by Rob van Herpen |April 22, 2020
Companies across the world are racing to get their team all working from home to protect them. During multiple global lockdowns, citizens are expected to practice social distancing, therefore it is essential for companies to operate with as many people as possible working from home.
5CA has been managing work from home customer service for over 15 years – you could say we were the original pioneer of Work-From-Home. In this webinar, we are going to offer some of our experience in how to ensure you deliver quality service using a remote working business model. It’s easy to watch quality suffer, especially if you are rushing into work from home because of the crisis. Join me with our Lead QA Analyst, Sylvia Mattl, and Derek Corcoran, CEO ofScorebuddy – registration details are at the end of this article.
I’m the Chief Customer Officer at 5CA so it’s my role to think carefully about how to constantly improve what we deliver to our clients. I’d like to share some ideas in this article about how educational levels of WFH agents help to improve service quality.
There are two important differences in our approach, compared to the way that a human resources team would typically process applications to a regular contact center. First, our team all works remotely. At 5CA over 95% of the entire company works from home. This means that when we are selecting agents to hire, we can choose the best, not just those who live near to the contact center.
We cherry-pick from our job applicants and only ever hire around 1 in 30 of those who apply. Our applicants don’t just need to have great educational qualifications, they also need to pass through a series of online tests that help us to determine if they have the right skills to help customers. There are many smart people who are just not cut out to help customers every day.
Because we can search globally, we can seek out agents using any language, with any skill, and anywhere. There are potentially over a billion people available to work from home globally so we can raise the bar on who we accept into the team.
But what really sets us apart is the second difference in our approach to hiring. We believe domain knowledge and educational qualifications are equally important.It is the combination that counts.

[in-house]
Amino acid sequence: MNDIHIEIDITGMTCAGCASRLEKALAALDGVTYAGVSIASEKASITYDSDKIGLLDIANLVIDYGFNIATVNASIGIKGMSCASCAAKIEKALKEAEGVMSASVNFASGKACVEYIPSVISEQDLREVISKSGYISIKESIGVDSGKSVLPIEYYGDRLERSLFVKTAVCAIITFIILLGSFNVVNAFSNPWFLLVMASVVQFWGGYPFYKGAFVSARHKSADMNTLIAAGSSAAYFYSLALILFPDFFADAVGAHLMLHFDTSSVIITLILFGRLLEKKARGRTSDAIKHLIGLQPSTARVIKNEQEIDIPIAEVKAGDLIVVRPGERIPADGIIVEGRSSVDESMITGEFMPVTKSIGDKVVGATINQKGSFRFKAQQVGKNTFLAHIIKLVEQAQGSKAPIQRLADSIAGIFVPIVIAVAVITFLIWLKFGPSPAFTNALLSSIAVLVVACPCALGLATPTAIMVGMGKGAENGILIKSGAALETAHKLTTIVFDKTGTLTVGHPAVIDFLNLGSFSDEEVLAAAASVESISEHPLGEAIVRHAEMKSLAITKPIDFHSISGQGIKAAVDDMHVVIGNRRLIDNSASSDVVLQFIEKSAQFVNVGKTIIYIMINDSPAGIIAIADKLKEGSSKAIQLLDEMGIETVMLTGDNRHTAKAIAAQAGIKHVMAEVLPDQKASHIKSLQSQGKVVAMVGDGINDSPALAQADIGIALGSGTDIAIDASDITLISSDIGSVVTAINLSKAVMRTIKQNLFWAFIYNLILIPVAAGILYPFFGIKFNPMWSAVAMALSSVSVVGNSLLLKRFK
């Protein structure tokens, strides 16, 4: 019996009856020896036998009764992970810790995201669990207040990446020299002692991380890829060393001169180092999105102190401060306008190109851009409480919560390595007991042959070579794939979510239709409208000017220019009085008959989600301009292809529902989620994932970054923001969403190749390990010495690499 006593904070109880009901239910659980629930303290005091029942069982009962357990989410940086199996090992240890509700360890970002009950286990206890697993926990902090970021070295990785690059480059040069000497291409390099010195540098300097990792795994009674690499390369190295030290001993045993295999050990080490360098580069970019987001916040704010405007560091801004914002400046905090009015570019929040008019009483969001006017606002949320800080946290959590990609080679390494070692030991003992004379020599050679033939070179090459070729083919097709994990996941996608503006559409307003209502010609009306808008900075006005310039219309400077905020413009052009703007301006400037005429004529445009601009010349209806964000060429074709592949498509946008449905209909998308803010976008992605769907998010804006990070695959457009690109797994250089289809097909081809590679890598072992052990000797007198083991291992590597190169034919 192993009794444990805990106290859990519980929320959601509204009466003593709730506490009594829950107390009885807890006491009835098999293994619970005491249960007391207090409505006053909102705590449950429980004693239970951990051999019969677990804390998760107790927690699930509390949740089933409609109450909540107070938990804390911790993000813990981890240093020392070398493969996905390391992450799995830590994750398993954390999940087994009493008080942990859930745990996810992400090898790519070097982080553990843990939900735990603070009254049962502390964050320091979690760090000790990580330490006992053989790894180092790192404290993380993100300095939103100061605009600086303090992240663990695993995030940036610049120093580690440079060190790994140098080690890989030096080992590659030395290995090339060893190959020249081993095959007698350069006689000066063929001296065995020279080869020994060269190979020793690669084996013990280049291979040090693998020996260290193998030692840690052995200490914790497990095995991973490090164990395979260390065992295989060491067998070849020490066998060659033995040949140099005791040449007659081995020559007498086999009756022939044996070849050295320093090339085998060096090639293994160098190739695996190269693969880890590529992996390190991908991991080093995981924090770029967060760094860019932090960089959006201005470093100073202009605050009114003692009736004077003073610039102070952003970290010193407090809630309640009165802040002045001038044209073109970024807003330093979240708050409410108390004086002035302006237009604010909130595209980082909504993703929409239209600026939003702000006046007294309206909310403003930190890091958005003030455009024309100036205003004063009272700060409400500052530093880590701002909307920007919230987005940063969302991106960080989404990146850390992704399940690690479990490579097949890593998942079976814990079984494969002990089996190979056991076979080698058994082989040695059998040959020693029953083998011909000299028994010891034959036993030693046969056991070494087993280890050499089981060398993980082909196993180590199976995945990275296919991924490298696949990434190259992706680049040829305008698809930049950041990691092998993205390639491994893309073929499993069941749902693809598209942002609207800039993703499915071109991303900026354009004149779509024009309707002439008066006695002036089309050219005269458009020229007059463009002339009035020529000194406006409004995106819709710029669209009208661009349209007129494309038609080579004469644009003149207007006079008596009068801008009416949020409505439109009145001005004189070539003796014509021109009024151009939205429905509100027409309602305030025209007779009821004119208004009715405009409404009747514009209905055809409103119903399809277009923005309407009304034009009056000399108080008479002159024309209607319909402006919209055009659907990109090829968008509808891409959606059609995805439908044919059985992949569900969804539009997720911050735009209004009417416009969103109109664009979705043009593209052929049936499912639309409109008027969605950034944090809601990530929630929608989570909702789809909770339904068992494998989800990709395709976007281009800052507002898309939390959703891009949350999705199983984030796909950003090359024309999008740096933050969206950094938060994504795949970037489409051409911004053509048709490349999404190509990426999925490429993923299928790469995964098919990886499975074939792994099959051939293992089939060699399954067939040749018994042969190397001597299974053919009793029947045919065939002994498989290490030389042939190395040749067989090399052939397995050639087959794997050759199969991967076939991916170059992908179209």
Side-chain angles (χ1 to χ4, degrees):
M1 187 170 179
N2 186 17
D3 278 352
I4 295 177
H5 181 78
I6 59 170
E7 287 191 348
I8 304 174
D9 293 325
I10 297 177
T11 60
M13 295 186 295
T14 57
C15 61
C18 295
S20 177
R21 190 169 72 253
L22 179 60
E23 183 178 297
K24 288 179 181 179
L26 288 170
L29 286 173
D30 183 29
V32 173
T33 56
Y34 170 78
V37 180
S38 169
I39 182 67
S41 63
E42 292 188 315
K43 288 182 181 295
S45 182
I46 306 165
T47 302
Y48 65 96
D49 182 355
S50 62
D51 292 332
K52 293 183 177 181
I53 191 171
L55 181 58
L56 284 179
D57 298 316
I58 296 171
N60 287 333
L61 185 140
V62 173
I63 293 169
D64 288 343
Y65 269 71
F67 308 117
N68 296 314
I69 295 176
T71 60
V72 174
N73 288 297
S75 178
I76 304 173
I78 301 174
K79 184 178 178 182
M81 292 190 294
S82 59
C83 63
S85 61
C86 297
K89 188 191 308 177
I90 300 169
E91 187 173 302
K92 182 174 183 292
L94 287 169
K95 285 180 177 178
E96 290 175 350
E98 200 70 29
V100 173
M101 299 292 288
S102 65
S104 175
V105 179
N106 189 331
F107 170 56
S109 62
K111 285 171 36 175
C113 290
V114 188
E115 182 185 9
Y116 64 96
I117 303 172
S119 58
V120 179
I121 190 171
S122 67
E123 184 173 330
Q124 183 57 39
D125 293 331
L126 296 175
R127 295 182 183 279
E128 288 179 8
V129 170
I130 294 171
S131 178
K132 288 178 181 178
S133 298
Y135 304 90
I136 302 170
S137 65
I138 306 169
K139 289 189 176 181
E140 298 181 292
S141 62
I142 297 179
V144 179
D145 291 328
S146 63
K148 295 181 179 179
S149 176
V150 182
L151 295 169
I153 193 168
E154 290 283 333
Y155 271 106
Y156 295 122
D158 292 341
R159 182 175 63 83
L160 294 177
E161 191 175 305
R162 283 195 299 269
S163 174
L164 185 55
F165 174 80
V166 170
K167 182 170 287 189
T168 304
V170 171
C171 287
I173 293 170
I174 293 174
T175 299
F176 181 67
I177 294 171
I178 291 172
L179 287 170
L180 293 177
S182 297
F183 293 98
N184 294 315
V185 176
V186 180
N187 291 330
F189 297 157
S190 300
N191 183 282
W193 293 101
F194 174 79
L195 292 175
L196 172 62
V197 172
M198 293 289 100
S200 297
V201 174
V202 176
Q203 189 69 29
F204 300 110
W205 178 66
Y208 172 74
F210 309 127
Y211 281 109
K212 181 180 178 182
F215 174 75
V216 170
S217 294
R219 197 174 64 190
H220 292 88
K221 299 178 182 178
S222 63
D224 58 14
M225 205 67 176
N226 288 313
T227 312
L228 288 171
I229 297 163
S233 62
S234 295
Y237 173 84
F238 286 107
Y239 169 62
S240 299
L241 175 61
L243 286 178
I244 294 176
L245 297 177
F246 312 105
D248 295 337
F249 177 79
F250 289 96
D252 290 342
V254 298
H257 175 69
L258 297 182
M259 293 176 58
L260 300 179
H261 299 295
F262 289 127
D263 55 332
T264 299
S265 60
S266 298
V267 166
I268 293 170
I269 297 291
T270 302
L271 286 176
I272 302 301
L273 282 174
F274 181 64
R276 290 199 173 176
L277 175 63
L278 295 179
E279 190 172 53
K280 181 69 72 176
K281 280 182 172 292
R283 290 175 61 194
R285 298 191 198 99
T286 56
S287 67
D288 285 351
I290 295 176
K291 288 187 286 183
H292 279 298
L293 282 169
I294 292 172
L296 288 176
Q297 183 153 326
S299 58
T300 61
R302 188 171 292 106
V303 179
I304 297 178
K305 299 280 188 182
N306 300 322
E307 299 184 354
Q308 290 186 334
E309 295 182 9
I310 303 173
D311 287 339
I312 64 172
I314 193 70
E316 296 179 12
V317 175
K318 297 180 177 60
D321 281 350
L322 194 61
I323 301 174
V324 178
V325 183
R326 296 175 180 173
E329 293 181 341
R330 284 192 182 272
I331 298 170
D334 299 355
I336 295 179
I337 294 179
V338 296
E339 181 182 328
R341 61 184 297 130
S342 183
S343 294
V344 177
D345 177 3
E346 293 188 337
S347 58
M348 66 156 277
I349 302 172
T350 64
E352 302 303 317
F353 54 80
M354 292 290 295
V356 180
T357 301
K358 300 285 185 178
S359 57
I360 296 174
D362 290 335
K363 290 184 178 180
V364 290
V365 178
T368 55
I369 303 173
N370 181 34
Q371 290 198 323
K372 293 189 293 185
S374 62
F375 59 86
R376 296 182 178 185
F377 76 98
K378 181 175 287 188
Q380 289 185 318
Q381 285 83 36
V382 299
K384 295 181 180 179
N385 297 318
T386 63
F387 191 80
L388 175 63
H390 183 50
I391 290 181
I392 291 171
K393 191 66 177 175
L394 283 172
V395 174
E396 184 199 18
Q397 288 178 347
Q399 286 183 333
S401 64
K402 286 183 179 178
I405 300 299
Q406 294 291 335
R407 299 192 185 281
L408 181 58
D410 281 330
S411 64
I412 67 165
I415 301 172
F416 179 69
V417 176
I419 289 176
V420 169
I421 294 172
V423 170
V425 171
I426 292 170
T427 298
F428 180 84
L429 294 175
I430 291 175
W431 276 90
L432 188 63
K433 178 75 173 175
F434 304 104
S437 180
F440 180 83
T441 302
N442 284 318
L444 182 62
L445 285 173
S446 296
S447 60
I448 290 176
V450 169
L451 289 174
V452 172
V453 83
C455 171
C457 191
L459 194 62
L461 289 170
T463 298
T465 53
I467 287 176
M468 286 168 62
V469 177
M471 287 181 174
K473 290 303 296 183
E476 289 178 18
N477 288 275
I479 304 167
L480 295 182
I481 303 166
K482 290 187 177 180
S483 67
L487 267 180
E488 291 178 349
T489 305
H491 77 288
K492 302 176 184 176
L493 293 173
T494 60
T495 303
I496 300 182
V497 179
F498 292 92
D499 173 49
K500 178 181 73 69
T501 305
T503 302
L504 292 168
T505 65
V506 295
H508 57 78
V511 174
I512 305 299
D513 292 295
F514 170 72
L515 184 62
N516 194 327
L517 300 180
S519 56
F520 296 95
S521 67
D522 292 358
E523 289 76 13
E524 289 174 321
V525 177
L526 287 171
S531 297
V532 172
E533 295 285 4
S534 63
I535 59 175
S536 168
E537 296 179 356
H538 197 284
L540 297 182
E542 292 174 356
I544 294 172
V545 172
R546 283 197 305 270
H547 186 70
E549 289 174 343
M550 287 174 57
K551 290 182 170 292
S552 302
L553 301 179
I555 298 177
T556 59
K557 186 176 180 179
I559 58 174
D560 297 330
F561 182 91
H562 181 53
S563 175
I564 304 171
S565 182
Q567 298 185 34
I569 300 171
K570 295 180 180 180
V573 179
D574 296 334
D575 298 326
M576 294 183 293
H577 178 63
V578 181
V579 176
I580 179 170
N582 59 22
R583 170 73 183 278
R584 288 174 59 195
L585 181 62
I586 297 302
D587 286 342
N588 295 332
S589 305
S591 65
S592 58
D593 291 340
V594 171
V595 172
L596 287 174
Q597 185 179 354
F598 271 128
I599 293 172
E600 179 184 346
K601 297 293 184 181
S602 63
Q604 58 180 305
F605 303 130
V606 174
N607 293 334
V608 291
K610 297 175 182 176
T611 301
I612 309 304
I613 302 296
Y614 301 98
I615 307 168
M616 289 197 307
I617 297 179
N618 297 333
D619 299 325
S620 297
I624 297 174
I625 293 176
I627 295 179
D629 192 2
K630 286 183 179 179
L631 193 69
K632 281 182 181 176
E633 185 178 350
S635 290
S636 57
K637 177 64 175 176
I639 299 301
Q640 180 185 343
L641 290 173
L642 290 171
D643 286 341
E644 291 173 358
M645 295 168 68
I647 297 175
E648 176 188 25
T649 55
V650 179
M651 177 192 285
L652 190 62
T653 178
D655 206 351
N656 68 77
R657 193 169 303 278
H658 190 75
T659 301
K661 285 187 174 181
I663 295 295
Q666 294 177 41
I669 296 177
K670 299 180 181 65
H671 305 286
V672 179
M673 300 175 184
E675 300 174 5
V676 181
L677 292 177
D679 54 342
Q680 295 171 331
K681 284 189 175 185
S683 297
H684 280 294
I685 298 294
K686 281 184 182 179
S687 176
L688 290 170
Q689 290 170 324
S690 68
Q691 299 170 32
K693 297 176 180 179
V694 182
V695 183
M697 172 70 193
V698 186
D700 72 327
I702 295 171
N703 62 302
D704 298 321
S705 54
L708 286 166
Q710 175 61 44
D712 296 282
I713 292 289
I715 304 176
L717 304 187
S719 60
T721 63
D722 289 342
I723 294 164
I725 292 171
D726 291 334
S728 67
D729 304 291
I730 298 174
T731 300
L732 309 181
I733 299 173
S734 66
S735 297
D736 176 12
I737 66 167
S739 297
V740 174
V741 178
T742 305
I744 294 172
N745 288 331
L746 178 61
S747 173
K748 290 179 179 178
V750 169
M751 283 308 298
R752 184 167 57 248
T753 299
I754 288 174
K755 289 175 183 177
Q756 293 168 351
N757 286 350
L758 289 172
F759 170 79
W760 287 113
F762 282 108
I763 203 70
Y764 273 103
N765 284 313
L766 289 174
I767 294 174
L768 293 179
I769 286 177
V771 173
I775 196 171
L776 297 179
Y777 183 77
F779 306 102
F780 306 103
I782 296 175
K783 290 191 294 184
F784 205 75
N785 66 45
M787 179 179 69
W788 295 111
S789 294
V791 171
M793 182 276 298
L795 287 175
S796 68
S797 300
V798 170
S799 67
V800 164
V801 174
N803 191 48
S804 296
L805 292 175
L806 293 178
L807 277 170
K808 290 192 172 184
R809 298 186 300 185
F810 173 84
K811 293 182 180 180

It’s also the combination of affinity with a product/service, with strong customer service skills and language. This combination is almost impossible to come by when sourcing within a 75-mile radius around a traditional multilingual contact center, but at 5CA we can find them as we have the global talent pool to source from.But a gamer without the right customer service skills will certainly not work…
Expertise in customer service and educational qualifications are thrown into the selection criteria but also a heavyfocus on domain knowledge that sets us apart.
The educational level is a big plus. We can find people who are smarter and think out of the box, which drives up the quality even more. Quality at the end of the day is what truly counts in the service.
Our ability to search globally really improves the quality of the people we hire. I don’t think there is any other customer service specialist taking this approach.
We will talk about all these areas, and more, in our webinar Pioneering Contact Center Quality Working Remotely on April 22nd between 17:30 – 18:30 CEST. This webinar is a collaboration between 5CA and Scorebuddy.
Register here: https://bit.ly/3btCxkw
Photo by Judy van der Velden licensed under Creative Commons.
Following on from National Customer Service Week, our Chief Customer Officer Rob van Herpen reflects on the journey that customer service has undergone in the last decade, and the role it plays within the wider scope of the whole customer experience.
I started working for 5CA back in October 2019. Currently, I’m working as a Gaming Technology Support Agent in Spain. My job as an expert on the products of the company I'm supporting is to offer support to customers and get them up, running and happy in no time.
2020 is set to be a blockbuster year for gaming. In particular, mobile games that don’t need the player to invest in a console or any other equipment. One of the effects of the stay-at-home and quarantine orders during the Covid-19 coronavirus pandemic has been that people have needed to find things to keep them occupied.